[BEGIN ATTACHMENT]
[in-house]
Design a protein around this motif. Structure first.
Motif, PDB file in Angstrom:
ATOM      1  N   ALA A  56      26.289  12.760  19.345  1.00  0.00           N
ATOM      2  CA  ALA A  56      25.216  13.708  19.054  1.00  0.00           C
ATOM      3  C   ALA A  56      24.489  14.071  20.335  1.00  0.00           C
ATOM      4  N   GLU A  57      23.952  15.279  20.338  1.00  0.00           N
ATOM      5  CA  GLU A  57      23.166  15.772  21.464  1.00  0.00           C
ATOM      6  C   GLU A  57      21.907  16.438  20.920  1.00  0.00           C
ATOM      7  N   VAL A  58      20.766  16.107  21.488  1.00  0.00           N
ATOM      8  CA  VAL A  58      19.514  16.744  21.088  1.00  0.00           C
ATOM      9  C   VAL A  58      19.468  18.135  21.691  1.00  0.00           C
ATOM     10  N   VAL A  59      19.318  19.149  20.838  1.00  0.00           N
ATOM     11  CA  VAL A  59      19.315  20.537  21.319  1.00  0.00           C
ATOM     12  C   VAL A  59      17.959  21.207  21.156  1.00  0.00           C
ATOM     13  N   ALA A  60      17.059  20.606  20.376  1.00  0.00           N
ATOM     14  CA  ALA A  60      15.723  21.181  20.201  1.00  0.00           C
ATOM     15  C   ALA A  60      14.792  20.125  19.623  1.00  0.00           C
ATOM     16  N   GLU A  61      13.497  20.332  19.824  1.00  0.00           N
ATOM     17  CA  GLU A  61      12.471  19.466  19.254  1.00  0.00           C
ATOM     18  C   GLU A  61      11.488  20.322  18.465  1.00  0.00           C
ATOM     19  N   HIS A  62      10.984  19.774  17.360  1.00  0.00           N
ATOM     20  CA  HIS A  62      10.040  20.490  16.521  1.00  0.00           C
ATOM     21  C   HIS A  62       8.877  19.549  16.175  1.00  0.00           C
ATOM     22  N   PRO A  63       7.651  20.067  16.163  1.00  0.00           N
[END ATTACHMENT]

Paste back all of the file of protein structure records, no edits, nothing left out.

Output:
[in-house]
Design a protein around this motif. Structure first.
Motif, PDB file in Angstrom:
ATOM      1  N   ALA A  56      26.289  12.760  19.345  1.00  0.00           N
ATOM      2  CA  ALA A  56      25.216  13.708  19.054  1.00  0.00           C
ATOM      3  C   ALA A  56      24.489  14.071  20.335  1.00  0.00           C
ATOM      4  N   GLU A  57      23.952  15.279  20.338  1.00  0.00           N
ATOM      5  CA  GLU A  57      23.166  15.772  21.464  1.00  0.00           C
ATOM      6  C   GLU A  57      21.907  16.438  20.920  1.00  0.00           C
ATOM      7  N   VAL A  58      20.766  16.107  21.488  1.00  0.00           N
ATOM      8  CA  VAL A  58      19.514  16.744  21.088  1.00  0.00           C
ATOM      9  C   VAL A  58      19.468  18.135  21.691  1.00  0.00           C
ATOM     10  N   VAL A  59      19.318  19.149  20.838  1.00  0.00           N
ATOM     11  CA  VAL A  59      19.315  20.537  21.319  1.00  0.00           C
ATOM     12  C   VAL A  59      17.959  21.207  21.156  1.00  0.00           C
ATOM     13  N   ALA A  60      17.059  20.606  20.376  1.00  0.00           N
ATOM     14  CA  ALA A  60      15.723  21.181  20.201  1.00  0.00           C
ATOM     15  C   ALA A  60      14.792  20.125  19.623  1.00  0.00           C
ATOM     16  N   GLU A  61      13.497  20.332  19.824  1.00  0.00           N
ATOM     17  CA  GLU A  61      12.471  19.466  19.254  1.00  0.00           C
ATOM     18  C   GLU A  61      11.488  20.322  18.465  1.00  0.00           C
ATOM     19  N   HIS A  62      10.984  19.774  17.360  1.00  0.00           N
ATOM     20  CA  HIS A  62      10.040  20.490  16.521  1.00  0.00           C
ATOM     21  C   HIS A  62       8.877  19.549  16.175  1.00  0.00           C
ATOM     22  N   PRO A  63       7.651  20.067  16.163  1.00  0.00           N